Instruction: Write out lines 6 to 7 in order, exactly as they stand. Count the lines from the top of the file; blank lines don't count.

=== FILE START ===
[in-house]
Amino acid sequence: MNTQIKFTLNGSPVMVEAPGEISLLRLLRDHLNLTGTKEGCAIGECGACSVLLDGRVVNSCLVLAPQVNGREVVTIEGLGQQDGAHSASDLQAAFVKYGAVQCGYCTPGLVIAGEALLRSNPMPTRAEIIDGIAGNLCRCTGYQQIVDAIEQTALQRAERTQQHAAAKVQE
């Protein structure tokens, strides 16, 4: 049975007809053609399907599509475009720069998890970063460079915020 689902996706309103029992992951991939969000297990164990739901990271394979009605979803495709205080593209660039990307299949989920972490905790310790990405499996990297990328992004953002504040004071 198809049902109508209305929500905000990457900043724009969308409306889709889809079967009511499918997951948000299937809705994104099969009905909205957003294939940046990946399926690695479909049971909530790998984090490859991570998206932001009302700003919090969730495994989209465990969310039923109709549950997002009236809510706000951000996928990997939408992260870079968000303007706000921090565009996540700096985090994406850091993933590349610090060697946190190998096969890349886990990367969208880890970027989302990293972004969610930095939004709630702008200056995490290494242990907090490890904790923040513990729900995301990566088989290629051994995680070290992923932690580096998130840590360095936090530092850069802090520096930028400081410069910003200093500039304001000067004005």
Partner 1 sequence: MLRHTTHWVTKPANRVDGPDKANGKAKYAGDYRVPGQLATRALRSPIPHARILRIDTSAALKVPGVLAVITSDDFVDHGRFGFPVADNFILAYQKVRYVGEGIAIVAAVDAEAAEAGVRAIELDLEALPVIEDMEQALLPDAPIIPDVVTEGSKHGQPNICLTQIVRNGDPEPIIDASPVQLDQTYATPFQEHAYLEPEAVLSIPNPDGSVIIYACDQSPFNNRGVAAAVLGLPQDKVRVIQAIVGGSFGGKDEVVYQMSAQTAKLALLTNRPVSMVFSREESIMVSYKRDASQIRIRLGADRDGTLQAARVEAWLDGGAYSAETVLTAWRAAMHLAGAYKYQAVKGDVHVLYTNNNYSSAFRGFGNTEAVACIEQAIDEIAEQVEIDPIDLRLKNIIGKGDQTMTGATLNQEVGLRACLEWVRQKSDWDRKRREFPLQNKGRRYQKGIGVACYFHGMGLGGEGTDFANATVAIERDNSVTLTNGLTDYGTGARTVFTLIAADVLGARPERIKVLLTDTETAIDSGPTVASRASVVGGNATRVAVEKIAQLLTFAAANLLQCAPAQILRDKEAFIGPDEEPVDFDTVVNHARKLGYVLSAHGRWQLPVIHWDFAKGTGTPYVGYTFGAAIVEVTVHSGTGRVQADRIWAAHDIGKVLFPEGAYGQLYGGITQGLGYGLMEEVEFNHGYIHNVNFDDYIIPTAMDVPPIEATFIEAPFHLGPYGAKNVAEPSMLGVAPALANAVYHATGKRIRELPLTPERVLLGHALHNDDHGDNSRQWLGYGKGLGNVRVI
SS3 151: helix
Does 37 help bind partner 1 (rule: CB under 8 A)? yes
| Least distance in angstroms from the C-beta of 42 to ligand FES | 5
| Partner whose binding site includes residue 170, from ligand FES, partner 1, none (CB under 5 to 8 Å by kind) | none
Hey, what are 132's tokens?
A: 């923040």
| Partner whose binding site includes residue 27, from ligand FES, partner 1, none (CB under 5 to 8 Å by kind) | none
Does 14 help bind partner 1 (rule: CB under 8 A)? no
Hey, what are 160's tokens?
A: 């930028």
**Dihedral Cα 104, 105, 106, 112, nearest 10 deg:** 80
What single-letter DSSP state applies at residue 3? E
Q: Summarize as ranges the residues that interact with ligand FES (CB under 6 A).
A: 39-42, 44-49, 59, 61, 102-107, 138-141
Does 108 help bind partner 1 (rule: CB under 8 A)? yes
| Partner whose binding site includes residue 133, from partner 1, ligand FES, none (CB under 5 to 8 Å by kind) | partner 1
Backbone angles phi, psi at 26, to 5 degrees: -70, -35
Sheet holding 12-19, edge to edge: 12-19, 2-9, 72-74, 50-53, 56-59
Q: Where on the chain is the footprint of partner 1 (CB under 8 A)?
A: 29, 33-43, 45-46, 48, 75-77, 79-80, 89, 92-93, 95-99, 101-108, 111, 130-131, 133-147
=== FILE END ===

Does 37 help bind partner 1 (rule: CB under 8 A)? yes
| Least distance in angstroms from the C-beta of 42 to ligand FES | 5